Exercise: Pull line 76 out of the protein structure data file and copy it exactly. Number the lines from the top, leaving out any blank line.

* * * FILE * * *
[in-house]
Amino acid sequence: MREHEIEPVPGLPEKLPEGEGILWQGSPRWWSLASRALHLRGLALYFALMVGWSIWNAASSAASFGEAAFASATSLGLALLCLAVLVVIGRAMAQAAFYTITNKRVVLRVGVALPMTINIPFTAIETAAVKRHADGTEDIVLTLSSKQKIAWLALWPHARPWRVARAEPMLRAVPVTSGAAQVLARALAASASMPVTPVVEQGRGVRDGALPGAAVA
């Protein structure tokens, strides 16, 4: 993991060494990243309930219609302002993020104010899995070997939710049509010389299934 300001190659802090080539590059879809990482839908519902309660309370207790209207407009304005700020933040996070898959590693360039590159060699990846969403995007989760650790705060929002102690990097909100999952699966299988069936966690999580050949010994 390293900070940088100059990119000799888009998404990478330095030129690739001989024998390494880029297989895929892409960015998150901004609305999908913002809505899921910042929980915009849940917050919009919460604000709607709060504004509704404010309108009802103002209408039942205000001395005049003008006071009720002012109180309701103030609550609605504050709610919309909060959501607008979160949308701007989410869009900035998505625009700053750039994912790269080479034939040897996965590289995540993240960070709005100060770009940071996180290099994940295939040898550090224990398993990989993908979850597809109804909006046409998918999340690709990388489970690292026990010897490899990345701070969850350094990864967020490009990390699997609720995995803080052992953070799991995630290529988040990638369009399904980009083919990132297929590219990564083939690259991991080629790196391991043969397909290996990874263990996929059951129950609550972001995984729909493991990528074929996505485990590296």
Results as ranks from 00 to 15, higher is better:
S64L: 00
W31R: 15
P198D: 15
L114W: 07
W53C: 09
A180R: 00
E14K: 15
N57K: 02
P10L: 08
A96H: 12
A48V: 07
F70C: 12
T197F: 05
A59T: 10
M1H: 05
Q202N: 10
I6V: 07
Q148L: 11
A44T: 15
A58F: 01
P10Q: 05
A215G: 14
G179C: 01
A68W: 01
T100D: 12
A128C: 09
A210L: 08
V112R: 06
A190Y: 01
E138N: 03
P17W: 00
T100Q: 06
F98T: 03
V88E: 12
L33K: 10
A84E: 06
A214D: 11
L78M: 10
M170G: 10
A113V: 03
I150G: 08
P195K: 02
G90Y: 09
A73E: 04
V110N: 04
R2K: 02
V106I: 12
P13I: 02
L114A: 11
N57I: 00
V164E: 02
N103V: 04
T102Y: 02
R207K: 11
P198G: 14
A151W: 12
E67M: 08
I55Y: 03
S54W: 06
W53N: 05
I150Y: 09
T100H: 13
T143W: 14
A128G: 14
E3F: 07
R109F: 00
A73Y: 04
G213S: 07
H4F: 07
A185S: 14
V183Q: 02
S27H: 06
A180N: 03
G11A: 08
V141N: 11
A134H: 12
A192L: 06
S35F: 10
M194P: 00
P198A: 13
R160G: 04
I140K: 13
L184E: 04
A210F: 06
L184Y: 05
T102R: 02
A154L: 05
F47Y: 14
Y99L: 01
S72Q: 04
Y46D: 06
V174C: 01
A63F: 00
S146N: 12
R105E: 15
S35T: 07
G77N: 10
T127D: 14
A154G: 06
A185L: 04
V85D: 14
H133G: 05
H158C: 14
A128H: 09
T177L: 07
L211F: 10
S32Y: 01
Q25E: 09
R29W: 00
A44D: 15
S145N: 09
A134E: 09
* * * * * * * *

S27H: 06